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Technology Puts Mind Over Body

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brain computer interface demonstration

A researcher demonstrates how the brain computer interface could help a quadriplegic control wheelchairs by recognizing commands triggered by thought.

Credit: Bangkok Post

Researchers working on Mahidol University's iThink2 project have developed a brain computer interface (BCI) that controls electronic devices with brain signals and could help quadriplegic patients improve their quality of life. The project is aimed at developing a visual remote control for home electronic devices such as TVs. A sensor on the remote control detects the user's gaze, and can determine instructions using electroencephalogram (EEG) electrodes and an EEG amplifier. The process, called Pattern Recognition Algorithm, then sends the signals to the target devices.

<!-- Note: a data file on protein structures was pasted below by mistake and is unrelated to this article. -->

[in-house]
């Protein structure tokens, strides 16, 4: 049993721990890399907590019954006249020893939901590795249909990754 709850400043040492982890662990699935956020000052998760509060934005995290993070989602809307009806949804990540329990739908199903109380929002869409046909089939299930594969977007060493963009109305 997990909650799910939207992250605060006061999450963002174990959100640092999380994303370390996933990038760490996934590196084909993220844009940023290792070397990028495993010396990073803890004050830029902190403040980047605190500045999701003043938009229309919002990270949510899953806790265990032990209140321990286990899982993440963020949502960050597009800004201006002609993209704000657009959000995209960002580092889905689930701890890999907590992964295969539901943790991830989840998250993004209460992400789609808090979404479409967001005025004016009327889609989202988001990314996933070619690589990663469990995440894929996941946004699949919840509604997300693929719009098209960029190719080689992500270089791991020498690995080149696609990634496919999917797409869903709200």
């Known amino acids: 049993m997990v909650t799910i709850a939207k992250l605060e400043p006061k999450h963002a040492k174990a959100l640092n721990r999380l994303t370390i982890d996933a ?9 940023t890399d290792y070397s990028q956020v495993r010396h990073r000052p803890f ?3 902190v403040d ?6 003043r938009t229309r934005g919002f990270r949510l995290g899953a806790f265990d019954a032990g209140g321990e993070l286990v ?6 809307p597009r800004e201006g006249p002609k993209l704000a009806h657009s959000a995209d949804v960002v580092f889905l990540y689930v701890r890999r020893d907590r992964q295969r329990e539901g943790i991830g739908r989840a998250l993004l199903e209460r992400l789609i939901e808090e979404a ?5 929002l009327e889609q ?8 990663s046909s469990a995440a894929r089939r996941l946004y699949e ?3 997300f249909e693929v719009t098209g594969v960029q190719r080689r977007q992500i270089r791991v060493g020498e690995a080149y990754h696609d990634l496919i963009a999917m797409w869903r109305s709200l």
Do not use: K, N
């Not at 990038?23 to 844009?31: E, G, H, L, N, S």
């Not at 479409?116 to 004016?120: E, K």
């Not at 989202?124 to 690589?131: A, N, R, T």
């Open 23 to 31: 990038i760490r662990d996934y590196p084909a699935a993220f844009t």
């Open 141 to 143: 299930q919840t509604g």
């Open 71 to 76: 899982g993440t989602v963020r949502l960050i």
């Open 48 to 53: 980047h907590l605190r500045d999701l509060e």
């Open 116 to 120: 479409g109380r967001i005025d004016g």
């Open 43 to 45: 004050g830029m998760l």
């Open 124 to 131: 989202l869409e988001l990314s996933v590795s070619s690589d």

"We need to further develop the visual stimulation unit so that brain signals are strengthened and commands are processed quicker," says Mahidol's Yodchanan Wongsawat.

The researchers also are developing a wheelchair that uses BCI technology. Preliminary testing found that a BCI-controlled wheelchair had an average usage time of one to two hours before users became tired or brain signals weakened. The researchers say BCI technology also can be used to develop writing programs, video games, and robotic arms.

From Bangkok Post
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